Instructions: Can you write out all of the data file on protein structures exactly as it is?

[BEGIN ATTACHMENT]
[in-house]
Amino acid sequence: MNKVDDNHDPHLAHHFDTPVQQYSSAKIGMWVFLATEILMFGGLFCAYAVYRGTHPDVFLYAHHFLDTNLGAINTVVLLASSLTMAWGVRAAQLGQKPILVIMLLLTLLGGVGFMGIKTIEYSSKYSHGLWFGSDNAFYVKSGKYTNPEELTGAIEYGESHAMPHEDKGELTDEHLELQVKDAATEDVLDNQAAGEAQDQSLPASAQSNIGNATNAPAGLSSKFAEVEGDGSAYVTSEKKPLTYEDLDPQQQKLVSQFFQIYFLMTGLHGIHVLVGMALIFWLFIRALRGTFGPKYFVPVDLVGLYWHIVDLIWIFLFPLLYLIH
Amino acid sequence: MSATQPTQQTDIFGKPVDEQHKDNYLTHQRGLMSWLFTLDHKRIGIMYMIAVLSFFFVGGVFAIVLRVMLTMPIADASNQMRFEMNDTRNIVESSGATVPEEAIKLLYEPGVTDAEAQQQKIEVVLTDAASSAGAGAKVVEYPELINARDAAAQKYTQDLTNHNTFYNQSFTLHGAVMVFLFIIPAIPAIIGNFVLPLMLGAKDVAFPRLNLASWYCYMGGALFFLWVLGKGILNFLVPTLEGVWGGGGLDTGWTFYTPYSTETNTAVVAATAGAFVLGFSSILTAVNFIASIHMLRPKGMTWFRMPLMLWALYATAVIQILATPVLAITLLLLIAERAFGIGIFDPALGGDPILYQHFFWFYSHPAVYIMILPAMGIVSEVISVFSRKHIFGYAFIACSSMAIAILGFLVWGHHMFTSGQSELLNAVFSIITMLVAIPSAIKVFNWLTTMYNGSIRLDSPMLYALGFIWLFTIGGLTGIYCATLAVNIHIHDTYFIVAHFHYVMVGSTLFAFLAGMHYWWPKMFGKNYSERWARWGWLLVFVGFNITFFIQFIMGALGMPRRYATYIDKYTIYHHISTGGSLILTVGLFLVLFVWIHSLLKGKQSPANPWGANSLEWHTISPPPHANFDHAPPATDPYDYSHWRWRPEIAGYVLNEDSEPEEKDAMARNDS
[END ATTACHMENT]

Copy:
[in-house]
Amino acid sequence: MNKVDDNHDPHLAHHFDTPVQQYSSAKIGMWVFLATEILMFGGLFCAYAVYRGTHPDVFLYAHHFLDTNLGAINTVVLLASSLTMAWGVRAAQLGQKPILVIMLLLTLLGGVGFMGIKTIEYSSKYSHGLWFGSDNAFYVKSGKYTNPEELTGAIEYGESHAMPHEDKGELTDEHLELQVKDAATEDVLDNQAAGEAQDQSLPASAQSNIGNATNAPAGLSSKFAEVEGDGSAYVTSEKKPLTYEDLDPQQQKLVSQFFQIYFLMTGLHGIHVLVGMALIFWLFIRALRGTFGPKYFVPVDLVGLYWHIVDLIWIFLFPLLYLIH
Amino acid sequence: MSATQPTQQTDIFGKPVDEQHKDNYLTHQRGLMSWLFTLDHKRIGIMYMIAVLSFFFVGGVFAIVLRVMLTMPIADASNQMRFEMNDTRNIVESSGATVPEEAIKLLYEPGVTDAEAQQQKIEVVLTDAASSAGAGAKVVEYPELINARDAAAQKYTQDLTNHNTFYNQSFTLHGAVMVFLFIIPAIPAIIGNFVLPLMLGAKDVAFPRLNLASWYCYMGGALFFLWVLGKGILNFLVPTLEGVWGGGGLDTGWTFYTPYSTETNTAVVAATAGAFVLGFSSILTAVNFIASIHMLRPKGMTWFRMPLMLWALYATAVIQILATPVLAITLLLLIAERAFGIGIFDPALGGDPILYQHFFWFYSHPAVYIMILPAMGIVSEVISVFSRKHIFGYAFIACSSMAIAILGFLVWGHHMFTSGQSELLNAVFSIITMLVAIPSAIKVFNWLTTMYNGSIRLDSPMLYALGFIWLFTIGGLTGIYCATLAVNIHIHDTYFIVAHFHYVMVGSTLFAFLAGMHYWWPKMFGKNYSERWARWGWLLVFVGFNITFFIQFIMGALGMPRRYATYIDKYTIYHHISTGGSLILTVGLFLVLFVWIHSLLKGKQSPANPWGANSLEWHTISPPPHANFDHAPPATDPYDYSHWRWRPEIAGYVLNEDSEPEEKDAMARNDS